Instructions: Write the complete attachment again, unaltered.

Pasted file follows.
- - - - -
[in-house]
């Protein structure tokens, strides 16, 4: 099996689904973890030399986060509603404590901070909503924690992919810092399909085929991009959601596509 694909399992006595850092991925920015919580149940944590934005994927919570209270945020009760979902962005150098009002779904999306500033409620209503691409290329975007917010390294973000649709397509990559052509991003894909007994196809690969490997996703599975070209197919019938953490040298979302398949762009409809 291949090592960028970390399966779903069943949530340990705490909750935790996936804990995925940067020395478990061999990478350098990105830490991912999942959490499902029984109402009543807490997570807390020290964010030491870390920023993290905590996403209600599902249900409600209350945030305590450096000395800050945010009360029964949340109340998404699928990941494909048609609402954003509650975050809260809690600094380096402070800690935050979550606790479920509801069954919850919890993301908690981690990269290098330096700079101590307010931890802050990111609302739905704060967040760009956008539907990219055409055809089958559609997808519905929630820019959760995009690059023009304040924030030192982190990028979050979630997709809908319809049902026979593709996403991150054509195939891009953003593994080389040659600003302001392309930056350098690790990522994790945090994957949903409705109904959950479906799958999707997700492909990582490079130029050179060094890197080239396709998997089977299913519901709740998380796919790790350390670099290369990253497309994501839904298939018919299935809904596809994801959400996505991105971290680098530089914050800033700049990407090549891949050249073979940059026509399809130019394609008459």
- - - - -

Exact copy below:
[in-house]
């Protein structure tokens, strides 16, 4: 099996689904973890030399986060509603404590901070909503924690992919810092399909085929991009959601596509 694909399992006595850092991925920015919580149940944590934005994927919570209270945020009760979902962005150098009002779904999306500033409620209503691409290329975007917010390294973000649709397509990559052509991003894909007994196809690969490997996703599975070209197919019938953490040298979302398949762009409809 291949090592960028970390399966779903069943949530340990705490909750935790996936804990995925940067020395478990061999990478350098990105830490991912999942959490499902029984109402009543807490997570807390020290964010030491870390920023993290905590996403209600599902249900409600209350945030305590450096000395800050945010009360029964949340109340998404699928990941494909048609609402954003509650975050809260809690600094380096402070800690935050979550606790479920509801069954919850919890993301908690981690990269290098330096700079101590307010931890802050990111609302739905704060967040760009956008539907990219055409055809089958559609997808519905929630820019959760995009690059023009304040924030030192982190990028979050979630997709809908319809049902026979593709996403991150054509195939891009953003593994080389040659600003302001392309930056350098690790990522994790945090994957949903409705109904959950479906799958999707997700492909990582490079130029050179060094890197080239396709998997089977299913519901709740998380796919790790350390670099290369990253497309994501839904298939018919299935809904596809994801959400996505991105971290680098530089914050800033700049990407090549891949050249073979940059026509399809130019394609008459």